The Tasmanian Government is considering paying up to $20 million to attach the state to a global underwater digital cable network.

Developer Subpartners is putting in a cable from Perth, past the south of Tasmania to link to the existing Asian network.

The company says Tasmania can jump on for about $20 million when cable is laid.

The Tasmanian Government has commissioned a $180,000 study by Sydney consultants Advisian to investigate the viability of Subpartners' proposal, which is now before Cabinet.

The cable is part of a massive network designed to replace satellites for global communication.

The network consists of about 900,000 kilometres of cable split into 285 separate lines.

The first lines were laid in the 1850s to carry telegrams, and now carries almost 95 per cent of the world's internet traffic

Chief executive of industry body Tas ICT, William Kestin, says the Government must seize the opportunity.

“It's critical to attract overseas and international companies to consider making Tasmania their home,” he said.

“From a capacity perspective, for the companies that exist here on the island, it would provide incredible opportunities for us to sell around the world.”

The Government has been thinking about joining for over a year, and will have to decide soon, as Subpartners would be begining construction in the second half of next year if the state gets on board.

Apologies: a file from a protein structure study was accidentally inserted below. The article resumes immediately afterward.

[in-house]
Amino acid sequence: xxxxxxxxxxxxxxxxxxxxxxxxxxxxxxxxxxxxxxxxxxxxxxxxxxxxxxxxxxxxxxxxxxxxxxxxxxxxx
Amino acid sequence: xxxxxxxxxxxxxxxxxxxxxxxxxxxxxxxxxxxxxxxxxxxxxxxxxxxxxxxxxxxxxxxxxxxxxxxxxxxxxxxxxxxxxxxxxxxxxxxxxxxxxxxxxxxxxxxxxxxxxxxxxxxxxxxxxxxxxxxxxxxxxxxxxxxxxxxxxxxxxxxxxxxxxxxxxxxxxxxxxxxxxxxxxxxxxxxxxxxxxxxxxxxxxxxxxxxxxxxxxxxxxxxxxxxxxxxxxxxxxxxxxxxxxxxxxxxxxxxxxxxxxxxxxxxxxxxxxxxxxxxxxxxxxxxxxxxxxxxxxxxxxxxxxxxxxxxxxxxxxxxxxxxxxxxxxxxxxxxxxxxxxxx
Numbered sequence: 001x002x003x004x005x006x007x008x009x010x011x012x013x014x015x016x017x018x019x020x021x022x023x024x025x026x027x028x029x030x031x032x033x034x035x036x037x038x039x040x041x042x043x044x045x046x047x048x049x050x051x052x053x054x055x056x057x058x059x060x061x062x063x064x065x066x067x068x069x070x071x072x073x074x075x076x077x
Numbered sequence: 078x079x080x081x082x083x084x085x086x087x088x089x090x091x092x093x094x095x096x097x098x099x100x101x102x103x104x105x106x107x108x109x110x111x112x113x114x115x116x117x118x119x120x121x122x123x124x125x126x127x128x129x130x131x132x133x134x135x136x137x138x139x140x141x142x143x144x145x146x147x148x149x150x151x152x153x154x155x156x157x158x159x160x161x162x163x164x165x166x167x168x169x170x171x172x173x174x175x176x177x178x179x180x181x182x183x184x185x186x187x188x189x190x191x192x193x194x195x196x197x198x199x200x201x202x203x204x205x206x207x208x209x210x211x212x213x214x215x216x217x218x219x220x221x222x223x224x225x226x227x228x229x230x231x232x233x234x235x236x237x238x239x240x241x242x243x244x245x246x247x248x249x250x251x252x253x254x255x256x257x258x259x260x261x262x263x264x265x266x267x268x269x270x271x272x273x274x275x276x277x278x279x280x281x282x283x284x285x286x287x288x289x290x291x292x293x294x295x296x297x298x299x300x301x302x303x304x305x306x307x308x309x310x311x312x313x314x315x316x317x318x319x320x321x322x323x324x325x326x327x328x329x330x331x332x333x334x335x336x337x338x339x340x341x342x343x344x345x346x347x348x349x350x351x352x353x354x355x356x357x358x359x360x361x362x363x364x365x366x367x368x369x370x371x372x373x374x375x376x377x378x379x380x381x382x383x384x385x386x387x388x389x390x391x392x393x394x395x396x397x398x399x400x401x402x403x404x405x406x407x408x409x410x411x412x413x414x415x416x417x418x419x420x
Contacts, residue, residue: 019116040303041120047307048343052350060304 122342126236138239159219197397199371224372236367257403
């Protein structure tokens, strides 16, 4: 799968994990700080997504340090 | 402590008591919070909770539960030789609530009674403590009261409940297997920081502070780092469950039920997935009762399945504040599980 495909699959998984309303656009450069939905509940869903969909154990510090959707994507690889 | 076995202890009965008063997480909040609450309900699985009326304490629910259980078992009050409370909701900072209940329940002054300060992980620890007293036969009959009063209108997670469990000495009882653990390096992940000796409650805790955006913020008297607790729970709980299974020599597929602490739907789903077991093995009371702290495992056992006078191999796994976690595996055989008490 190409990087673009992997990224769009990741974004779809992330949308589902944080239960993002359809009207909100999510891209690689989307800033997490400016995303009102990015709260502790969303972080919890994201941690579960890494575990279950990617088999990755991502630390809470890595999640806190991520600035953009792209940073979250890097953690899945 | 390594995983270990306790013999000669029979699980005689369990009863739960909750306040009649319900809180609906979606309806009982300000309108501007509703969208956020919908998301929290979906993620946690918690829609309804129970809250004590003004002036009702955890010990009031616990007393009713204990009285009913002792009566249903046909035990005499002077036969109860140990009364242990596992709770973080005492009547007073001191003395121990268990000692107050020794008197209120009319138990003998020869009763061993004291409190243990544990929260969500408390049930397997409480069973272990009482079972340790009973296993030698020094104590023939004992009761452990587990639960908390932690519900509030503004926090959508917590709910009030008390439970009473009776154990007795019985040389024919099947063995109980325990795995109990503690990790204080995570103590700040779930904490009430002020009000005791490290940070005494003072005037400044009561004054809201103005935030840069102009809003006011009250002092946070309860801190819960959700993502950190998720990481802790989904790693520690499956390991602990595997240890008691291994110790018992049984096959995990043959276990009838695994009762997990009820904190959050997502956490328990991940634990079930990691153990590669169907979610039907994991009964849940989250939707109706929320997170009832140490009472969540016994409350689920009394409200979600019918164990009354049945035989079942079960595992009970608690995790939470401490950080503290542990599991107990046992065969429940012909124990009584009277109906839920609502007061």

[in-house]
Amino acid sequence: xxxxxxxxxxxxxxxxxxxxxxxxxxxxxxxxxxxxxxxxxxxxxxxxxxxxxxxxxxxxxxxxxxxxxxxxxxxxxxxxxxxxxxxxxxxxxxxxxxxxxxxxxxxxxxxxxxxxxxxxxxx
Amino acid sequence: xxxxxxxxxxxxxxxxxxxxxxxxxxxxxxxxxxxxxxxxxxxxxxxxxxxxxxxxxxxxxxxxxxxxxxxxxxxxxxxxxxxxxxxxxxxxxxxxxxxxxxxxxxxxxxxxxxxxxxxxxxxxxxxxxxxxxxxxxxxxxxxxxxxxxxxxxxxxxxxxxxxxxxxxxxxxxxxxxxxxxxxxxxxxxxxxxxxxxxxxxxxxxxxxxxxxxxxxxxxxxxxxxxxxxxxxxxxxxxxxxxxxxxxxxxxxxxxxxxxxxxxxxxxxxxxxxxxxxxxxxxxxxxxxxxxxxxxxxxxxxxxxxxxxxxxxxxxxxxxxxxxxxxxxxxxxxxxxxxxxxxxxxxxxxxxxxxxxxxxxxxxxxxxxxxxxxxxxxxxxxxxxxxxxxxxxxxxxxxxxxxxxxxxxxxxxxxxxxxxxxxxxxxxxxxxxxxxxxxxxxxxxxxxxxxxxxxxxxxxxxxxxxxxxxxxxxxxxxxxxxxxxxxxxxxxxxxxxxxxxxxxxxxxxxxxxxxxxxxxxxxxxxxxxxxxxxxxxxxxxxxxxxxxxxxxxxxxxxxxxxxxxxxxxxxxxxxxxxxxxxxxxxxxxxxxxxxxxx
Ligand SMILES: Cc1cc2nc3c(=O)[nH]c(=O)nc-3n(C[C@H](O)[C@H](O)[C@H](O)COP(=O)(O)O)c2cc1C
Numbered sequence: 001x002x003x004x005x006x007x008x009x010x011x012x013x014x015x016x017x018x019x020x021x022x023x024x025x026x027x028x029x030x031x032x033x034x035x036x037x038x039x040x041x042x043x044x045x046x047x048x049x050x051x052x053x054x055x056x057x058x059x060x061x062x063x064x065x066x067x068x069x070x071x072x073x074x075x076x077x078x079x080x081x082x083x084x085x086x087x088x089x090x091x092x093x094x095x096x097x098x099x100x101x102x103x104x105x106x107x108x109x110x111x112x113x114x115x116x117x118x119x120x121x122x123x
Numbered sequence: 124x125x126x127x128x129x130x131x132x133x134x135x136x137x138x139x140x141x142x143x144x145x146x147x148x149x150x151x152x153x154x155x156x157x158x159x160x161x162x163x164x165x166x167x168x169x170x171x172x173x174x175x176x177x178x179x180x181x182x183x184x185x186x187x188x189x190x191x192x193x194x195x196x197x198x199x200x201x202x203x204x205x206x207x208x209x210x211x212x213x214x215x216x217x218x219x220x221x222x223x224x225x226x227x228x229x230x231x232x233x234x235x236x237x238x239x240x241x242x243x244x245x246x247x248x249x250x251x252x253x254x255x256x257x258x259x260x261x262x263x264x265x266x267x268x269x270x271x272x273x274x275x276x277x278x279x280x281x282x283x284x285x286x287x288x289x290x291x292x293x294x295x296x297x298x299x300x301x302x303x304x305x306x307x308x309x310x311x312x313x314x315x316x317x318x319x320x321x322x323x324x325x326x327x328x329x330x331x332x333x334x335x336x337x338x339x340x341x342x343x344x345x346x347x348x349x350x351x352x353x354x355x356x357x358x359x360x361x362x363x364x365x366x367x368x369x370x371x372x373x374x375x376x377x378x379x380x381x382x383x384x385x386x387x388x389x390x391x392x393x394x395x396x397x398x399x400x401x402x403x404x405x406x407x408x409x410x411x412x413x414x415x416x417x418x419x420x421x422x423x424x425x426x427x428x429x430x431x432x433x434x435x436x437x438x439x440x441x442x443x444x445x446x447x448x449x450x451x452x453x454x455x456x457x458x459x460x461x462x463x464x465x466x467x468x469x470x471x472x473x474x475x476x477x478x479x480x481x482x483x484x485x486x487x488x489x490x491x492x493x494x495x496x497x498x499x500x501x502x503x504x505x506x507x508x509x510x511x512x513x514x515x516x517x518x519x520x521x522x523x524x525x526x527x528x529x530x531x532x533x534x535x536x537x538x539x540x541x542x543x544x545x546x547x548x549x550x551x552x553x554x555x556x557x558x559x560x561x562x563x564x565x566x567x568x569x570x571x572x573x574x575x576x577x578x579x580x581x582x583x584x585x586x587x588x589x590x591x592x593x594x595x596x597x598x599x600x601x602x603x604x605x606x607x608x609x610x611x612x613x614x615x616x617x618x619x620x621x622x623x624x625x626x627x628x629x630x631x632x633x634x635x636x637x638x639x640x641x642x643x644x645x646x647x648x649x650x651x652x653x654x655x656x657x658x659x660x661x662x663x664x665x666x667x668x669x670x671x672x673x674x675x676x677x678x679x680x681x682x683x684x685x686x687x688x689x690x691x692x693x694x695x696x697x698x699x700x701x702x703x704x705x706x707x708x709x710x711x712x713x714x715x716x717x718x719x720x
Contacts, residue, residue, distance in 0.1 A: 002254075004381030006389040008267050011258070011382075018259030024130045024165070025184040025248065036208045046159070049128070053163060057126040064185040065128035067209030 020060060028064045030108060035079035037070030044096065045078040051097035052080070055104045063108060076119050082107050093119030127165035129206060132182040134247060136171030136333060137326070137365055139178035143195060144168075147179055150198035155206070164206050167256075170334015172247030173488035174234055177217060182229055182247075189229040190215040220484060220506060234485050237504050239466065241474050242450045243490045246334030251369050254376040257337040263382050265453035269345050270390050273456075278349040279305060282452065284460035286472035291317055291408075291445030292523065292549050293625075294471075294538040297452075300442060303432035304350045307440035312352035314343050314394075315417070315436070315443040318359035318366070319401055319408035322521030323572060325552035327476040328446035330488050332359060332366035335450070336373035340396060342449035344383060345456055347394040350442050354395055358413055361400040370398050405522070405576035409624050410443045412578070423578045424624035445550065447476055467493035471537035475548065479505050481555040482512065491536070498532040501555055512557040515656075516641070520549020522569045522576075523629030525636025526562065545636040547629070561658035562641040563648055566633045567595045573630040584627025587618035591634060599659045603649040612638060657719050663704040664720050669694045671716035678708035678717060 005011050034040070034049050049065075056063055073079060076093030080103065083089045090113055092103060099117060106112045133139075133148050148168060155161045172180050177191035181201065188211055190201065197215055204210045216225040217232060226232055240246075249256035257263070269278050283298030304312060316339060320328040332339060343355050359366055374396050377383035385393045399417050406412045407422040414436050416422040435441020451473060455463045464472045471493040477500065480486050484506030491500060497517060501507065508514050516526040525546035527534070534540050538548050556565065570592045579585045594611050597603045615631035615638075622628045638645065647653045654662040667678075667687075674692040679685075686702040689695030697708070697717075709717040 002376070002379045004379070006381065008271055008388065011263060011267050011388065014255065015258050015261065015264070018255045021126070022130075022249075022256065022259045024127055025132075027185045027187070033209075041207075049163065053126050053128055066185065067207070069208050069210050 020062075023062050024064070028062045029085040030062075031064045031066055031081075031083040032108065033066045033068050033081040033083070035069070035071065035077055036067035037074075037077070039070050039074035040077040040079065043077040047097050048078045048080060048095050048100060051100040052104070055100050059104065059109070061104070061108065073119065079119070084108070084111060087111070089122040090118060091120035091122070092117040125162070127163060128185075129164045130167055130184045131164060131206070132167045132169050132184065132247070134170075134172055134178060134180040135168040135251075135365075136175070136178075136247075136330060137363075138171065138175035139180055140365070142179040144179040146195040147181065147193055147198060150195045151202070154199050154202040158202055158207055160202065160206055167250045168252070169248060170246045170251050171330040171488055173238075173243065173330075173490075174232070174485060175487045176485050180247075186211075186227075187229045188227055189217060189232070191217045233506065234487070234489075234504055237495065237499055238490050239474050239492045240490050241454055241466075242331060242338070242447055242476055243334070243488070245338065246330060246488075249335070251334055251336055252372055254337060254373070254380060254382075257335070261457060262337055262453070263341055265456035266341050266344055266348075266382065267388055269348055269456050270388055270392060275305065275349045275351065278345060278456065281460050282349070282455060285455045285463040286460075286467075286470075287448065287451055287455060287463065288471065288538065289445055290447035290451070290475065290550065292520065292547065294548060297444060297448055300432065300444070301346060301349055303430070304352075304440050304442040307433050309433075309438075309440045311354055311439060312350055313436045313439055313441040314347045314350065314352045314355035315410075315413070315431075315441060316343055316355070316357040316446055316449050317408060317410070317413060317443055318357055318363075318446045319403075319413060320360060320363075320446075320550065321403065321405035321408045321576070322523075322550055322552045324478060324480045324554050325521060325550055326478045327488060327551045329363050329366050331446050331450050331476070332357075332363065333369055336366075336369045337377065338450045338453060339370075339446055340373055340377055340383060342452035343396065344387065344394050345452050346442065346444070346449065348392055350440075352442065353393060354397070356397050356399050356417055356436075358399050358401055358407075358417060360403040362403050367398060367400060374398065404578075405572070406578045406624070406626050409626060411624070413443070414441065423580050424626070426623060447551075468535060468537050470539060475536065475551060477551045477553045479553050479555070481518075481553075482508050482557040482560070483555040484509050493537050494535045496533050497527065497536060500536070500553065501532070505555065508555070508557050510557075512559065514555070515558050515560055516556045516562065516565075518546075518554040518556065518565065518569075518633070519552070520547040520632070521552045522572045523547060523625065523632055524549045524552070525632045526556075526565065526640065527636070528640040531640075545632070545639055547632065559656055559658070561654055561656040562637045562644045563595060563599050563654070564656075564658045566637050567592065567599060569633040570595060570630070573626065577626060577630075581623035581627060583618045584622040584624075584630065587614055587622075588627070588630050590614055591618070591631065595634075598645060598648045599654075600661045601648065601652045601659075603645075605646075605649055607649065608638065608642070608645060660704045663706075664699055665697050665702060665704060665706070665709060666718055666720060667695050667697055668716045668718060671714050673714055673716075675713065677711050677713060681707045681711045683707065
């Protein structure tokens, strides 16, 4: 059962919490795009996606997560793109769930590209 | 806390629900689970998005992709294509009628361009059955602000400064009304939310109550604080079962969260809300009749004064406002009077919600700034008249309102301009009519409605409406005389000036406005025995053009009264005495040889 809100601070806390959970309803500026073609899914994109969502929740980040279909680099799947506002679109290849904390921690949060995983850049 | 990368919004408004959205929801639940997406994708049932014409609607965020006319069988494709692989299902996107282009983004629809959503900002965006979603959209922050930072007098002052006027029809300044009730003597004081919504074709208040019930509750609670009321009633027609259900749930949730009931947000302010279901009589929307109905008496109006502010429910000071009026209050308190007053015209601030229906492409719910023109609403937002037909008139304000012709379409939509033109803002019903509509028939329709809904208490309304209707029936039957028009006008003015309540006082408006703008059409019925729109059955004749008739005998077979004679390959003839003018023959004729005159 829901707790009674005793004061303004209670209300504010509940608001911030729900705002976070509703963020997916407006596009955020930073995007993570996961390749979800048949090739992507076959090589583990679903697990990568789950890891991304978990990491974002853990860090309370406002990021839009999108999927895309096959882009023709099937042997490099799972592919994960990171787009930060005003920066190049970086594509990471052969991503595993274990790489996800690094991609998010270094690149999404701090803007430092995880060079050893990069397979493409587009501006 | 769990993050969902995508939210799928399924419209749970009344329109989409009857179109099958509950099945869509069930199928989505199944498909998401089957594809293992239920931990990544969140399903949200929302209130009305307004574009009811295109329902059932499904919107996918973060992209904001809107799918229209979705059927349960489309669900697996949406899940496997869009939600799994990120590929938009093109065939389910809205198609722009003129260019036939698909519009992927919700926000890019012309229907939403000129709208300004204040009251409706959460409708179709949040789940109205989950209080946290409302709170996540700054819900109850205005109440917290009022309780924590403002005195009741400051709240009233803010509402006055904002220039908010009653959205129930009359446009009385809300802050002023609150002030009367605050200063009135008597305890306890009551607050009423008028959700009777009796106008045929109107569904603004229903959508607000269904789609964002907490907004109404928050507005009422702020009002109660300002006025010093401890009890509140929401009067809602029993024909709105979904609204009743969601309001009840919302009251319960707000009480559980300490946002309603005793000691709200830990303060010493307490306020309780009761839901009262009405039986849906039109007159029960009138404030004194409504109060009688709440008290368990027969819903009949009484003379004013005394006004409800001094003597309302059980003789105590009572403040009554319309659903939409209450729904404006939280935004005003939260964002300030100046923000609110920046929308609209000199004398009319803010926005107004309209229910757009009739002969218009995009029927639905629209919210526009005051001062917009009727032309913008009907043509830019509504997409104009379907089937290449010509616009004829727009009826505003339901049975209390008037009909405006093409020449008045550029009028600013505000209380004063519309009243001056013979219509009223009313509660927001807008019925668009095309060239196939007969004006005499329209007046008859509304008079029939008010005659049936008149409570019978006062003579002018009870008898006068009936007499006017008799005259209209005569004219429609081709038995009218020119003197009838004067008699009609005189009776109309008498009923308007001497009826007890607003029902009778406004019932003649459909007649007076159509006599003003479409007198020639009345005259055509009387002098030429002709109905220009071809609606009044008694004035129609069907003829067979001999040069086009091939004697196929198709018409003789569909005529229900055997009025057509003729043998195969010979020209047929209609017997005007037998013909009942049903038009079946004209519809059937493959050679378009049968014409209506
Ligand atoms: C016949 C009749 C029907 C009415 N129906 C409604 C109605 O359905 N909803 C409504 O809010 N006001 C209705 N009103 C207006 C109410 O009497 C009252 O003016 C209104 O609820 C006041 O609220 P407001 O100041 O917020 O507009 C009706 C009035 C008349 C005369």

“It is crunch time, we do need to secure this future highway of information and technology and capacity for the island,” Mr Kestin said.

Tasmania currently relies on two cables from the Australian mainland, which are owned by Basslink and Telstra.

Tech expert Mark Gregory says a third cable would bring more competition in the backhaul space.

“The cost for Tasmanians is 40 per cent higher in backhaul than the rest of Australia and Australia itself has backhaul costs, which are about 200 times more expensive than in the US and in Europe,” Dr Gregory told the ABC.

“So any competition and any way that the costs can be brought down is going to be advantageous to Tasmanian business.”

He said the State Government should make Subpartners agree to offer cheaper deals than Basslink and Telstra.

“What you really want is for Subpartners to come in and make a concerted effort to say, look, we will match or lower prices for the average business once we get that tail into Hobart,” he said.

Dr Gregory said the benefits would reach well outside the IT sector.

“Every business in today's environment is going to be in a winning situation if they can get access to fibre, fixed wireless and satellite, and then if they're going to get access to competitive backhaul.”